How Sugar Raises Your Depression Risk

A number of other studies have also identified mechanisms by which excessive sugar consumption can wreak havoc with your mental health. For example, eating excessive amounts of sugar:

 

  • Contributes to insulin and leptin resistance and impaired signaling, which play a significant role in mental health.

 

  • Suppresses activity of brain derived neurotrophic factor (BDNF), a key growth hormone that promotes healthy brain neurons. BDNF levels tend to be critically low in both depression and schizophrenia, and animal models suggest this may actually be a causative factor.

 

  • Affects dopamine, a neurotransmitter that fuels your brain’s reward system9 (hence sugar’s addictive potential10,11,12) and is known to play a role in mood disorders.13

 

  • Damages your mitochondria, which can have body-wide effects. Your mitochondria generate the vast majority of the energy (adenosine triphosphate or ATP) in your body. When sugar is your primary fuel, excessive reactive oxygen species (ROS) and secondary free radicals are created, which damage cellular mitochondrial membranes and DNA.

 

Needless to say, as your mitochondria are damaged, the energy currency in your body declines and your brain will struggle to work properly. Healthy dietary fats, on the other hand, create far fewer ROS and free radicals. Fats are also critical for the health of cellular membranes and many other biological functions, including and especially the functioning of your brain.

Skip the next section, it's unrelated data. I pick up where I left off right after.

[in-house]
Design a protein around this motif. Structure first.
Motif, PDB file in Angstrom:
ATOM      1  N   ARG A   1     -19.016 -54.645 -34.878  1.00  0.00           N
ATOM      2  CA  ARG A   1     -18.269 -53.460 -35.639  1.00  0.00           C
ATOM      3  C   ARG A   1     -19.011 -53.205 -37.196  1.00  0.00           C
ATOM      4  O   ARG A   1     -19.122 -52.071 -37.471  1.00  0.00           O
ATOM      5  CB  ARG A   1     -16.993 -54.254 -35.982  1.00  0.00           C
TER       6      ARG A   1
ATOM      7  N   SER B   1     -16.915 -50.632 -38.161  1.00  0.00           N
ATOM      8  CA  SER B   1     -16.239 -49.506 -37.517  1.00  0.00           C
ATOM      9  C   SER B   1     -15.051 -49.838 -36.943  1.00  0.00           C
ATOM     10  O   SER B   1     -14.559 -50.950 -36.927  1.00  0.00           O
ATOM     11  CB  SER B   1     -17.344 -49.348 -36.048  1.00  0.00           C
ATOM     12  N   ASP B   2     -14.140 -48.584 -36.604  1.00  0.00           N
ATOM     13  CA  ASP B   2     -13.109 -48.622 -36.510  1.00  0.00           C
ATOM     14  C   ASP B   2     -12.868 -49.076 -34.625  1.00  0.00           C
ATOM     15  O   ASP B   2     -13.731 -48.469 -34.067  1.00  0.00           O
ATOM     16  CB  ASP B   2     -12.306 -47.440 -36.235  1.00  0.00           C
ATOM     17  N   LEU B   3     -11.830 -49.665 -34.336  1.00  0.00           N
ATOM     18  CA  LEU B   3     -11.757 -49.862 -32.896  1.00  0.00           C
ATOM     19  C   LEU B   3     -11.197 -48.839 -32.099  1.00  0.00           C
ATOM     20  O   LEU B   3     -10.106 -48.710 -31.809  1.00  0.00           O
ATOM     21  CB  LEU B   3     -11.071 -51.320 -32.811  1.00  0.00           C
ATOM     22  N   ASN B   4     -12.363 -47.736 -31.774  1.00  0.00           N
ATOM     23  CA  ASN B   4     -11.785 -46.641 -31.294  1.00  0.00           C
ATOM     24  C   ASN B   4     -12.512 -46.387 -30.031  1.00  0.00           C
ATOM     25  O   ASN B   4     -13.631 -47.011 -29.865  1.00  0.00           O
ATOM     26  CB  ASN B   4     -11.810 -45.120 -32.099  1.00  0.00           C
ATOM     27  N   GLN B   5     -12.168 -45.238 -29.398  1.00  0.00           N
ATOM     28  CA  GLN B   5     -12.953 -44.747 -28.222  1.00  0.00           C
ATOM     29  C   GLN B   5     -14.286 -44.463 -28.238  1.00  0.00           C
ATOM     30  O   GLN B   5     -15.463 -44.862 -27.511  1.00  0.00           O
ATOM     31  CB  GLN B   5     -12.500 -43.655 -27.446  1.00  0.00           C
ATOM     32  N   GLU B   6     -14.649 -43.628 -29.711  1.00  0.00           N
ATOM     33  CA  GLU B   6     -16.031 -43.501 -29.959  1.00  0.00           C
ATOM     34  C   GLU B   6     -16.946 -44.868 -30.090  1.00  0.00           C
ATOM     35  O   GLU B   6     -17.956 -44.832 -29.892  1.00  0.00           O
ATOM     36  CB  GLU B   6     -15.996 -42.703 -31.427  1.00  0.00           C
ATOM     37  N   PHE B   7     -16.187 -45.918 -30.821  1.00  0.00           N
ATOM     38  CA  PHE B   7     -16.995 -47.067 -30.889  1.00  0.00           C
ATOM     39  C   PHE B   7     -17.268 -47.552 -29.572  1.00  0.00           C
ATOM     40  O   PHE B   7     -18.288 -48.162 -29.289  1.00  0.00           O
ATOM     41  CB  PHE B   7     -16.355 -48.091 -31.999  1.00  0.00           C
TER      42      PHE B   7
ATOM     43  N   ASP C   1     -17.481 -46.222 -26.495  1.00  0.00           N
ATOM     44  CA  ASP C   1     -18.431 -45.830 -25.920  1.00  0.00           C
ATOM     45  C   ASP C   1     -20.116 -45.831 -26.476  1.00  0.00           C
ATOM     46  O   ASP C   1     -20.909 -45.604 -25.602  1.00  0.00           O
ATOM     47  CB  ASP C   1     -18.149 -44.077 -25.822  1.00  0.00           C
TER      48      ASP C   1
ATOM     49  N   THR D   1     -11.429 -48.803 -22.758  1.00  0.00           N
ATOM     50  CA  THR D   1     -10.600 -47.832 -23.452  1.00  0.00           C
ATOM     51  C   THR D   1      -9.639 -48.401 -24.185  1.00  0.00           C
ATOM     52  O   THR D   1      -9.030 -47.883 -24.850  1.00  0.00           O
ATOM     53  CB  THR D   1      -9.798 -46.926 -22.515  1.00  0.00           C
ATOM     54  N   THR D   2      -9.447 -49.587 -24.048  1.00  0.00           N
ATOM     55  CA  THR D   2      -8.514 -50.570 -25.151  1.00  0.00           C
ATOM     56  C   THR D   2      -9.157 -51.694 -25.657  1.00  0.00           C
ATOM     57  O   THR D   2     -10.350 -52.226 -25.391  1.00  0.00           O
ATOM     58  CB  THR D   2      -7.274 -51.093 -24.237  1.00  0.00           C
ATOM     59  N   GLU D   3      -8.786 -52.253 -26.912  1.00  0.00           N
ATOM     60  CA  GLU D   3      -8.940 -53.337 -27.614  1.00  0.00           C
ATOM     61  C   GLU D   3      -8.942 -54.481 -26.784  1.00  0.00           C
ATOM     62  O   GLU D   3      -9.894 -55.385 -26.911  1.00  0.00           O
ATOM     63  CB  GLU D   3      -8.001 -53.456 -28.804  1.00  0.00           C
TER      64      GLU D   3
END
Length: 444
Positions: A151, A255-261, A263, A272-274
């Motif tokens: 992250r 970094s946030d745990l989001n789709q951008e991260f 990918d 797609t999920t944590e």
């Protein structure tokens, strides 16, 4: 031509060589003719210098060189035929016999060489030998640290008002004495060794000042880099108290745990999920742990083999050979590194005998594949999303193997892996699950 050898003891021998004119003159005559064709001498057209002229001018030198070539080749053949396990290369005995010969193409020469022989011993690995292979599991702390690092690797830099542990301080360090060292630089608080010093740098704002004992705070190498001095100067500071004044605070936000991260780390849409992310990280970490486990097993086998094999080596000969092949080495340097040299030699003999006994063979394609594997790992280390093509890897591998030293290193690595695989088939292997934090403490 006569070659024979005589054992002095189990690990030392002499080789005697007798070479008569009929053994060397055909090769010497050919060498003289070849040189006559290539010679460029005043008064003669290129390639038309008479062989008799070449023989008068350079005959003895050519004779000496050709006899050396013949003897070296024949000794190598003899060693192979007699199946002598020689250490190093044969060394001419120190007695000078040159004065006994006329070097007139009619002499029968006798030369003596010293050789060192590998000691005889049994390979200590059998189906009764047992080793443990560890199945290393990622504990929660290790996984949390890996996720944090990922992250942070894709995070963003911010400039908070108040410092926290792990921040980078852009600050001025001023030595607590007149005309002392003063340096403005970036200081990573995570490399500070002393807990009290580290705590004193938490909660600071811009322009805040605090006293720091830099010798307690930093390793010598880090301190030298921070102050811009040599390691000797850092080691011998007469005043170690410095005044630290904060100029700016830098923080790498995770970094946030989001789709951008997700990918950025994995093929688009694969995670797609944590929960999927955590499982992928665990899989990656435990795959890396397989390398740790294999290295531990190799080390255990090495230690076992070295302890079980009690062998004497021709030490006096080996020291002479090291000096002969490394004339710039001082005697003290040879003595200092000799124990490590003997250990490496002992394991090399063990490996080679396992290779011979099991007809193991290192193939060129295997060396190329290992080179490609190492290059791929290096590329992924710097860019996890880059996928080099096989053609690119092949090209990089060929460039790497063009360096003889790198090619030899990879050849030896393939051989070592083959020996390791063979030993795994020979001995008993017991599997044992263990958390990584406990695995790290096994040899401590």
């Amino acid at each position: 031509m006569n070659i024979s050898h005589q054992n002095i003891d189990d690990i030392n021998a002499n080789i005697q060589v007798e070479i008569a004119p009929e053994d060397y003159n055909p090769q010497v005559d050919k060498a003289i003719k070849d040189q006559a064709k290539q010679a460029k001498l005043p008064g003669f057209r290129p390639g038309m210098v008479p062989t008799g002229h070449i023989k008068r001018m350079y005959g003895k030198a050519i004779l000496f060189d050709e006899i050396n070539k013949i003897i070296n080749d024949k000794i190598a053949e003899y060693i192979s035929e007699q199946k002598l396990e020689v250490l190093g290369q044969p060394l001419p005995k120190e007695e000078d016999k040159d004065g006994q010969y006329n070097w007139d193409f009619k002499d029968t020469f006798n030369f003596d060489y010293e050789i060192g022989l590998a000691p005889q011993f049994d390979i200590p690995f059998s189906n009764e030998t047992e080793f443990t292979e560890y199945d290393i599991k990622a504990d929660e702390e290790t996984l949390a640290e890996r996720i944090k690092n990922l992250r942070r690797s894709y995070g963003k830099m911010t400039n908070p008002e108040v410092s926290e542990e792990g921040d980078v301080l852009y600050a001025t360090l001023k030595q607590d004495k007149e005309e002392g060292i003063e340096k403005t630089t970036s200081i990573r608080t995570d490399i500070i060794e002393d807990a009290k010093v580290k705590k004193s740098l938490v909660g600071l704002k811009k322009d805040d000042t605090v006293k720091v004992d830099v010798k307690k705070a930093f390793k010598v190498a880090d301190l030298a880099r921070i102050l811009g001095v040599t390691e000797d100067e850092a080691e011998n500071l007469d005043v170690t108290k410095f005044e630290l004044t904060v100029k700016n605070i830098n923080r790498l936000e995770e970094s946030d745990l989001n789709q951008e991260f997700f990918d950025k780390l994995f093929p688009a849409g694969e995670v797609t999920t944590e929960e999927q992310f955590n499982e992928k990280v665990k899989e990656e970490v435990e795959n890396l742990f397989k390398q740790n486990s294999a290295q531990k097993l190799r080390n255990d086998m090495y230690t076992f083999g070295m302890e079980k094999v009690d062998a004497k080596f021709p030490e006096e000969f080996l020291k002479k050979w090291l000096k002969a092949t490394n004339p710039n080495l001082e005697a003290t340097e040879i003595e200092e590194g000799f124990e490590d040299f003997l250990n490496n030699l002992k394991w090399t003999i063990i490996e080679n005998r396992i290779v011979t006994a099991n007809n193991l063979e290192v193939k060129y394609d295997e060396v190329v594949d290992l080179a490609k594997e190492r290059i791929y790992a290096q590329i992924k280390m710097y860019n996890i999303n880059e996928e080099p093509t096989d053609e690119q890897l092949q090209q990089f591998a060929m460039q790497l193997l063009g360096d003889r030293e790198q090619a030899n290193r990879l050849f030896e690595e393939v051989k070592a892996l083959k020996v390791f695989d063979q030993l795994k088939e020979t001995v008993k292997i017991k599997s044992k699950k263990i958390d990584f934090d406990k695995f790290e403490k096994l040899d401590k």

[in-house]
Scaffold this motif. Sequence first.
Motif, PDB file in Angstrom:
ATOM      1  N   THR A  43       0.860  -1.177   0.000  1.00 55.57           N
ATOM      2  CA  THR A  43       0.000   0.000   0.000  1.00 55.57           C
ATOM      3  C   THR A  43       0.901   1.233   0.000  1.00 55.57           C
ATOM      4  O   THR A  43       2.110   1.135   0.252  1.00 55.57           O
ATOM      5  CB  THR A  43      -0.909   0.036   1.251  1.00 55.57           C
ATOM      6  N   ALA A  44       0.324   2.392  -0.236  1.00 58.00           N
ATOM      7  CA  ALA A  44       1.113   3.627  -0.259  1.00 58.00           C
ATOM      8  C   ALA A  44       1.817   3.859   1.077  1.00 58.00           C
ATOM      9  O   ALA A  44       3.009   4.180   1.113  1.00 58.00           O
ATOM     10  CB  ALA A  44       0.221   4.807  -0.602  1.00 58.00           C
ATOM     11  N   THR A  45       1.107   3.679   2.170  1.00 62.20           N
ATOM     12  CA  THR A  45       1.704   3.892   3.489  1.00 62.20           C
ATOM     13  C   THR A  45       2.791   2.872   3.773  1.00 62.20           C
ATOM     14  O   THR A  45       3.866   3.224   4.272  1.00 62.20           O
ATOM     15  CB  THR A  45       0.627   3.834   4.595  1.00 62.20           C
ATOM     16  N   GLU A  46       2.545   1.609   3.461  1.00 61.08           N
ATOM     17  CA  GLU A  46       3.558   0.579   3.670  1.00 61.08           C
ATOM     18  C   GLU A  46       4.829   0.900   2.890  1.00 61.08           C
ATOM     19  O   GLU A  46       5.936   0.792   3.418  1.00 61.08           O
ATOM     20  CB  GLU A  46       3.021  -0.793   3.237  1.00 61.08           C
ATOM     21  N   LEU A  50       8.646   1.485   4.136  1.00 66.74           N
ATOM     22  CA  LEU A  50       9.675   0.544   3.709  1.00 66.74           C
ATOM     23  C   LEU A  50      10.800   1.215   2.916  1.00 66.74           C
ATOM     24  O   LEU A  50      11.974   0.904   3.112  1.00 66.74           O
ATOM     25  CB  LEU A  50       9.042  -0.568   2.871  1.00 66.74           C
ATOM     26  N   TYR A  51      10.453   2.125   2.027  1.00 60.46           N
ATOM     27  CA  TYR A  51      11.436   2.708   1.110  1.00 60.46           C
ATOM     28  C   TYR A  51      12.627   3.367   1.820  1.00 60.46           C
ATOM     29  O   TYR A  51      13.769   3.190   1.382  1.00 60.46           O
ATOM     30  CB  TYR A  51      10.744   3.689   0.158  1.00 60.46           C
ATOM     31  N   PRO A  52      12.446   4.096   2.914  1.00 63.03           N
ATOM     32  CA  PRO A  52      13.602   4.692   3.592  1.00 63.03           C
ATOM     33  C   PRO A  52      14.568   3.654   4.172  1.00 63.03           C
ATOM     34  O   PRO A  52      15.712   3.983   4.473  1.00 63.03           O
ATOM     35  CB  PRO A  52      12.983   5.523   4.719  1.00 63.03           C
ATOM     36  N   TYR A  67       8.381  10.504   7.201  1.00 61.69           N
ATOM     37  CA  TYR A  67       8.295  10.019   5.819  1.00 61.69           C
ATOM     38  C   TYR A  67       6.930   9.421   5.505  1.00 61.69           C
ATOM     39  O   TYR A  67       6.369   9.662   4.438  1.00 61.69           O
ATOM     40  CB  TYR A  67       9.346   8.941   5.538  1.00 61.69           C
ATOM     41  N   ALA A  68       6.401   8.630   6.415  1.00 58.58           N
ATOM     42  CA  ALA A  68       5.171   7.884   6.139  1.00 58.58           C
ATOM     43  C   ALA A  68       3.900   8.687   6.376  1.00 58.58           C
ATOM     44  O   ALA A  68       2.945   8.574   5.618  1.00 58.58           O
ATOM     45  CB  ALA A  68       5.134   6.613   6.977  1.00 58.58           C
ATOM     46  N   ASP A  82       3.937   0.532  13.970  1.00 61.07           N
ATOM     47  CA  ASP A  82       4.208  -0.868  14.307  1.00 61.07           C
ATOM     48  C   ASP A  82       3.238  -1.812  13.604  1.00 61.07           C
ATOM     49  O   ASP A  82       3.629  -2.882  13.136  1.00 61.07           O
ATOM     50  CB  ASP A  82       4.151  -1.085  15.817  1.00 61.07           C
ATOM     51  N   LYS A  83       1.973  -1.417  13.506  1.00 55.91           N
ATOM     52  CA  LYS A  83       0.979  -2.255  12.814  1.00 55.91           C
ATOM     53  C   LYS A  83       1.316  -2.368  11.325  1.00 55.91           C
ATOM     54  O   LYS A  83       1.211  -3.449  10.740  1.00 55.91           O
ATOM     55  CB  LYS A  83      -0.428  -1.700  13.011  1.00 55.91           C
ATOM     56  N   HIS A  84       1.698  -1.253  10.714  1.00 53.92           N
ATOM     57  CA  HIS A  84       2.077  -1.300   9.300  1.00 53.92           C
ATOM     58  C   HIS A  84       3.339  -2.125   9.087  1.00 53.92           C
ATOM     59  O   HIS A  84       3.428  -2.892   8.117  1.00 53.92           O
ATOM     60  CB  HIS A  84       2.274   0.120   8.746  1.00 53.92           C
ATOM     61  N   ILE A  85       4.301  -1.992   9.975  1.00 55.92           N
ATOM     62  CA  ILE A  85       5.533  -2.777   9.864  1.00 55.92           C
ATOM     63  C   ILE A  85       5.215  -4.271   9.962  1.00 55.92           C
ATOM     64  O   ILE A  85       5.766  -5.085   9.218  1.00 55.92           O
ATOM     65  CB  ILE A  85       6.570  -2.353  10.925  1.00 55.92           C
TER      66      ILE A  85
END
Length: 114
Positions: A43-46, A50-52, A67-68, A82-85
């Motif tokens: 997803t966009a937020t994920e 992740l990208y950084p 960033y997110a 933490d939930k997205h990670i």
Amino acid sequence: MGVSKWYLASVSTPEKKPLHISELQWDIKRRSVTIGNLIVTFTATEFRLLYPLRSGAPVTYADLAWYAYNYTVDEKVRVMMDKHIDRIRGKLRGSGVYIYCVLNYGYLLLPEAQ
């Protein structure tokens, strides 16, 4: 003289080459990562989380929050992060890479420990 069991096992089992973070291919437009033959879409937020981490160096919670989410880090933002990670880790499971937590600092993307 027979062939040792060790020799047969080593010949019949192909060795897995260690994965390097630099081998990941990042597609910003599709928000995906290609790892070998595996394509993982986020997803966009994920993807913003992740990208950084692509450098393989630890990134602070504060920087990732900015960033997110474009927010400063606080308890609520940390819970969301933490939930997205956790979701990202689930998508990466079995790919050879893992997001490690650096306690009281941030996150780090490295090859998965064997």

Among the most important fats for brain function and mental health are the long-chained animal-based omega-3 fats DHA and EPA. Not only are they anti-inflammatory, but DHA is actually a component in every cell of your body, and 90 percent of the omega-3 fat found in brain tissue is DHA.

 

  • Promotes chronic inflammation which, in the long term, disrupts the normal functioning of your immune system, thereby raising your risk of depression. A 2004 cross-cultural analysis14 of the relationship between diet and mental illness found a strong link between high sugar consumption and the risk for depression and schizophrenia.

 

It also concluded that dietary predictors of depression are similar to those for diabetes and heart disease. One of the hallmarks of these diseases is chronic inflammation, which sugar is a primary driver of. So, excessive amounts of sugar can truly set off an avalanche of negative health events — both physical and mental.

 

Inflammation May Be the No. 1 Risk Factor for Depression

Another previous study published in the International Breastfeeding Journal15 found inflammation may be more than just another risk factor. It may actually be the primary risk factor that underlies all others. According to the researchers:

 

“The old paradigm described inflammation as simply one of many risk factors for depression. The new paradigm is based on more recent research that has indicated that physical and psychological stressors increase inflammation. These recent studies constitute an important shift in the depression paradigm: inflammation is not simply a risk factor; it is the risk factor that underlies all the others.